“The road, reputation of romance. It’s damn hard work for the chance,” Sallie Ford says, quoting her own song as we stand next to Bessie, her maroon, 10-seater Chevy Express van—the same one she just spent more than five hours in driving back from Spokane on little sleep, arriving less than a half hour before her sister was set to take the stage at Mississippi Studios on a Sunday afternoon.
Friday—two days prior—saw her perform with her all-female band at The Bing and Doug Fir lounges—the latter a sold-out affair to celebrate the release of Slap Back—before heading north and east for Saturday night, returning in time to take part in welcoming her father’s puppet show to Portland. The following Tuesday would be a Music Millennium appearance in honor of Slap Back’s street date, her third record, yet the first with a new band and an altered sound.
The lyrics of “Lucky To Miss”—a song about the realities of the music industry (life on the road is a grind, people don’t buy records anymore, and “It’s hard to leave your home behind,” as Ford sings)—might peg the joy of home to a certain love in her life (or possibly loves if you include feline family members Seven Tuna Milford and Kramer Ocho Milford—who have their own Instagram account so they’re easier to keep tabs on while she’s on tour) and how she’s privileged to have that because “you should feel lucky that you miss someone” and someone misses you, she explains.
Finding sweetness in the sorrow, Ford may also miss her former bandmates, the boys of The Sound Outside—the guys who she cut her teeth with and who, until last year, she spent almost the entirety of her time here in Portland with, as well as the last four years on the road including multiple trips to Europe.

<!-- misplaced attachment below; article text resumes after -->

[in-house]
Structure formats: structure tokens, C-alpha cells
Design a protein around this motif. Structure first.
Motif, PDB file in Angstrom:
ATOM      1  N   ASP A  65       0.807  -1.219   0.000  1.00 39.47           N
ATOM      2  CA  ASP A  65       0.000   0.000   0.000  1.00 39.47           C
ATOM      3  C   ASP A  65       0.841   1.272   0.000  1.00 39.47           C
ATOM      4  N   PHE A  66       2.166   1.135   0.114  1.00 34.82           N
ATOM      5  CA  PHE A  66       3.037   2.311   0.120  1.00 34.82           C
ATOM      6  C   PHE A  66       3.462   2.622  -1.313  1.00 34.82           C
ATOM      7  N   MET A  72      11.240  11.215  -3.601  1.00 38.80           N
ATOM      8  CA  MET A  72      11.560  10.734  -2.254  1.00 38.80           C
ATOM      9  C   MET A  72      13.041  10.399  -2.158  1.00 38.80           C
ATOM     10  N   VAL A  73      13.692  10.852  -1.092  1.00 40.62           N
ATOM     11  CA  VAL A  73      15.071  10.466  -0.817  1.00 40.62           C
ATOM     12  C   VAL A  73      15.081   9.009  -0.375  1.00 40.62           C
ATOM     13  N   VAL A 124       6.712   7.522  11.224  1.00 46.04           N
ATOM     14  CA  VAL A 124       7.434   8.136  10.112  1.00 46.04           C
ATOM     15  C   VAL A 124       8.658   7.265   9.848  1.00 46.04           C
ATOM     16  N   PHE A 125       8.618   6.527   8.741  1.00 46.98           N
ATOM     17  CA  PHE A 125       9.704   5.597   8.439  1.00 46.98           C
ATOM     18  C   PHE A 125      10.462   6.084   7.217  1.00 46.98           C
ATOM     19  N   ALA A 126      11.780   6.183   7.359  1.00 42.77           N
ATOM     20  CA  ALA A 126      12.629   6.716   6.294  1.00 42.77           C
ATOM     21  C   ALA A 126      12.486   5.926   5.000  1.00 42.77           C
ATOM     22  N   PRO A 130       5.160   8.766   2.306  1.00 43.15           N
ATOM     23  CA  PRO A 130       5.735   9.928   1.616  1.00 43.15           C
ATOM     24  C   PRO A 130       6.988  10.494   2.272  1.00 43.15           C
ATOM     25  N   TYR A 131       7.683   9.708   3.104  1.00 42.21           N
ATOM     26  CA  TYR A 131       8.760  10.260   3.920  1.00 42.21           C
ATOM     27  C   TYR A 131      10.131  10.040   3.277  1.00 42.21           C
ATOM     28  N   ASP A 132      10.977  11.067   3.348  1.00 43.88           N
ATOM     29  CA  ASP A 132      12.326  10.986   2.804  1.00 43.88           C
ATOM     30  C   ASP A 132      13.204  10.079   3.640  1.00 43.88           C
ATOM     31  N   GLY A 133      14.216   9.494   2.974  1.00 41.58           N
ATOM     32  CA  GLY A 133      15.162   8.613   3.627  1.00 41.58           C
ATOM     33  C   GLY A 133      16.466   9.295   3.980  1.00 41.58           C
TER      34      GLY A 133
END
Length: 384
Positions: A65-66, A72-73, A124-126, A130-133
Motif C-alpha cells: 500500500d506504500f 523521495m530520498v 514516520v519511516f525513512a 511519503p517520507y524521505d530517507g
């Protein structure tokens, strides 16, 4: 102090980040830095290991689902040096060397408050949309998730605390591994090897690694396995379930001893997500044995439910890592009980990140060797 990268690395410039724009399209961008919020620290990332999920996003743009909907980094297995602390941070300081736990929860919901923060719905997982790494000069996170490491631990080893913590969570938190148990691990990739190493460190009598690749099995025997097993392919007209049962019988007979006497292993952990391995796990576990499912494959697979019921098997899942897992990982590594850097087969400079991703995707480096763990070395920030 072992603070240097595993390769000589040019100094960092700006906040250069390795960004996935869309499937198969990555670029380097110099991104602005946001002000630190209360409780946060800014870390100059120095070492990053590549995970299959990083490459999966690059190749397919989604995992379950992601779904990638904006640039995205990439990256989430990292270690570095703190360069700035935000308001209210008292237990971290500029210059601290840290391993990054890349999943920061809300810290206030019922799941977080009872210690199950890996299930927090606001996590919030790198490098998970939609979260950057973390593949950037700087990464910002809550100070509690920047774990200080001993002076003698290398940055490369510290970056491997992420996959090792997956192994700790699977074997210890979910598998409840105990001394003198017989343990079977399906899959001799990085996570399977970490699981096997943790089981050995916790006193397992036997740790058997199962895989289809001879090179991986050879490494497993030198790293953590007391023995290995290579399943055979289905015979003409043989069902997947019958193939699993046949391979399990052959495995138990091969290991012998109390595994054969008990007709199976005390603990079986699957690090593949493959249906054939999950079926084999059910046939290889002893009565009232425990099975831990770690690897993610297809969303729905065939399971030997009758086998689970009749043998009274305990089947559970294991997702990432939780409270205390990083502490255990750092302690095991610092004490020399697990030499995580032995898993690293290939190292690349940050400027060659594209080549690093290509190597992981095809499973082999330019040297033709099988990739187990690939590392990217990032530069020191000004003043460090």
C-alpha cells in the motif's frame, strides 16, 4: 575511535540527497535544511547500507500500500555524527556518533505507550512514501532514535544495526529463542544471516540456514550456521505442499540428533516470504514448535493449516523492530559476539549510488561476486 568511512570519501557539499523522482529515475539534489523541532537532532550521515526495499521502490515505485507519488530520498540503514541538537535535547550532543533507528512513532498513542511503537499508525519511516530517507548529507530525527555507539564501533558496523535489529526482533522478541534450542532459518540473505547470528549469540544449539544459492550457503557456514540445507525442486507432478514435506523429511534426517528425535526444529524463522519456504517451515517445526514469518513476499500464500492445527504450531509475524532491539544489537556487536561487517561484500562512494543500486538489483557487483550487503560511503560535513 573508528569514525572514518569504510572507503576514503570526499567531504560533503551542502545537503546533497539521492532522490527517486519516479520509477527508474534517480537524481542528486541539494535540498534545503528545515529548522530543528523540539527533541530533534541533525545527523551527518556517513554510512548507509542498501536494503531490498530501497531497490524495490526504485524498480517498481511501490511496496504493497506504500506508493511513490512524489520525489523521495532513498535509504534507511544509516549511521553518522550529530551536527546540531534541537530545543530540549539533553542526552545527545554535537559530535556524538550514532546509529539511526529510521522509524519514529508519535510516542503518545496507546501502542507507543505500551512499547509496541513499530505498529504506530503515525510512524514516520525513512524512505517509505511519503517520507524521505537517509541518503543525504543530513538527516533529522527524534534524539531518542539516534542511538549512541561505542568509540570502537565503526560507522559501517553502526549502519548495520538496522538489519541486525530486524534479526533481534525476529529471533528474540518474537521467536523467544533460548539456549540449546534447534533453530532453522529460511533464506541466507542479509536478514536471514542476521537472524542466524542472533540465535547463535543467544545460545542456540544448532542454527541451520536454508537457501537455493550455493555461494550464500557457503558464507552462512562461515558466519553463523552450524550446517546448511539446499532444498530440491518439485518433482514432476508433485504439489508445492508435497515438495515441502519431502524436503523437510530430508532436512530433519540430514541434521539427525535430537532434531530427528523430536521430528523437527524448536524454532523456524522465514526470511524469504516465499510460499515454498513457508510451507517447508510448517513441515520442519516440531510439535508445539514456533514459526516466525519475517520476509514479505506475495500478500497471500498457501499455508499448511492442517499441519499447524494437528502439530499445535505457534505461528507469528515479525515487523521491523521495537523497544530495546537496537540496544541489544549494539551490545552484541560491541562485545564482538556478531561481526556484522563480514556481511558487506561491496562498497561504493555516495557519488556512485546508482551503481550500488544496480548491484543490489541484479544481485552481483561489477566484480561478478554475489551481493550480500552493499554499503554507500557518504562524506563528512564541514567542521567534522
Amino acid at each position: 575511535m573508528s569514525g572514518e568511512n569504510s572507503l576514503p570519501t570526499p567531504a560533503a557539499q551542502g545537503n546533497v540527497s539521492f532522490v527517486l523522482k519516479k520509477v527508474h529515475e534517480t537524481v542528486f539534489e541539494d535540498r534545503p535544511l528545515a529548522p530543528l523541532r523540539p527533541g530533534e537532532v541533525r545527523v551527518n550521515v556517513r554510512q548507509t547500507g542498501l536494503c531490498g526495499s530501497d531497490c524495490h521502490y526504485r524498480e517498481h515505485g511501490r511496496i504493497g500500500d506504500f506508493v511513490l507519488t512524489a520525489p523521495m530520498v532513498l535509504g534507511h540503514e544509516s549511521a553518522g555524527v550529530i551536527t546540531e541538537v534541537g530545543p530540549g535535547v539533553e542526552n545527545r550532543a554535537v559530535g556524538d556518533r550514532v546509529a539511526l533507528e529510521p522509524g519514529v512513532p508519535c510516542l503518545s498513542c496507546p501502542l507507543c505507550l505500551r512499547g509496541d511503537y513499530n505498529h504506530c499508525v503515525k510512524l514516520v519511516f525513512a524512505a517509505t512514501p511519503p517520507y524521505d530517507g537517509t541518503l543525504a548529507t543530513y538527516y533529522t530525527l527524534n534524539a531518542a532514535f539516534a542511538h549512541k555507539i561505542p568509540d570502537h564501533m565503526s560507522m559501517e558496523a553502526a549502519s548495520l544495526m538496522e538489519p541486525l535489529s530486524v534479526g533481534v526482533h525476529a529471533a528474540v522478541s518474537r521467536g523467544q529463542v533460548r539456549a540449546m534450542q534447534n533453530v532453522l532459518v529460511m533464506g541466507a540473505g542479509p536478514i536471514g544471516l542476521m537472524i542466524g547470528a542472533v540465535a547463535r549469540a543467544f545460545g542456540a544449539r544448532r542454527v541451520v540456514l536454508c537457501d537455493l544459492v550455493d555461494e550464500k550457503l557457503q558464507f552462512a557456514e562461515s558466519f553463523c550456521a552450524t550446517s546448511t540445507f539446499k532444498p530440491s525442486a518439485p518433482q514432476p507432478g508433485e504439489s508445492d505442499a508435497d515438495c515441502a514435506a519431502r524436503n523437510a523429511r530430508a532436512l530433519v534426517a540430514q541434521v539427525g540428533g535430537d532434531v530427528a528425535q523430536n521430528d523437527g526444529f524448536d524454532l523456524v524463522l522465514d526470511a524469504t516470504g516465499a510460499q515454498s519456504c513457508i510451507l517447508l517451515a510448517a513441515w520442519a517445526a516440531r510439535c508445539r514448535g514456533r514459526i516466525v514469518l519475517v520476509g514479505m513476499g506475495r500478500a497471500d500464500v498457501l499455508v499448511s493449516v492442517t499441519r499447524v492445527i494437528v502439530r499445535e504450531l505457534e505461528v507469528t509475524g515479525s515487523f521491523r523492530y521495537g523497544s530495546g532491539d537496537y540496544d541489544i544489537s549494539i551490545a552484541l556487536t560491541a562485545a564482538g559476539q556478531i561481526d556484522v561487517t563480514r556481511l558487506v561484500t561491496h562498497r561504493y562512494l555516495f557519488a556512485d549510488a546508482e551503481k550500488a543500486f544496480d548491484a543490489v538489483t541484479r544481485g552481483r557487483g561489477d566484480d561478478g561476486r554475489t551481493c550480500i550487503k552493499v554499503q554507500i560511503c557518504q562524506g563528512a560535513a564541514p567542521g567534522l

“I went through so much with those guys and I was proud to share the stage with them all those years,” Ford recalls, yet she’s more than eager to fulfill the next stage of her musical career, especially considering that Ford didn’t even start writing her own music until she’d moved to Portland in 2006.
Now performing under her own name—simply Sallie Ford—the dream of assembling a badass crew of female rockers was realized and the ladies—Cristina Cano on keys, Amanda Spring on drums and Anita Lee Elliott on bass—made a divergent record with producer Chris Funk (The Decemberists)—who dubbed Ford “a fuzz queen”—which sees the new lineup exploring fresh sounds, from surfy psych to synthed up jams as Ford sheds preassigned labels and preconceived notions with Slap Back.
And even with all of the uncertainty that comes with releasing a new record with a new lineup and unveiling a new sound, Ford has never been more at home than right now, especially when sharing the stage with sister Louisa—the tap-dancing, guitar-strumming and somewhat-of-a-belter (like her older sis) leader of the two-piece Orpheum Circus—to dedicate a Skeeter Davis tune to mom Sue—a music teacher and marimba master—before their father, the accoladed puppeteer Hobey Ford (who’s been handcrafting and performing puppetry for longer than the girls have been alive), played to a darkened room of crisscross applesauce kids and their lounging parents. (See more of Hobey's handiwork in the video for "Cage" below.)
In 1978, Hobey says he almost settled in Portland but flipped a coin and ended up in Asheville, N.C., instead. But with two daughters now rooted in Stumptown, the Ford parents have plenty of reason to make Portland a second home.
“This is where I love living,” Ford says. “It is nice to get to leave and come back to it and appreciate it.”
Ford may sometimes lament life on the road, but after quoting the hardships mentioned in her own song, she practically interrupts herself, the candid thought still hanging in the air as she blurts out: “I’m lucky to be doing what I’m doing.” The opening lines of “Lucky To Miss” may rattle off a few less than enthusiastic notions but, as is Ford’s bubbly demeanor and outlook on life (one that the entire family obviously shares alongside a creative spirit), she doesn’t dwell on them. Instead, she takes ahold of the moment, singing: “When it’s good, it’s damn good. Feels like I’m doing what I should.”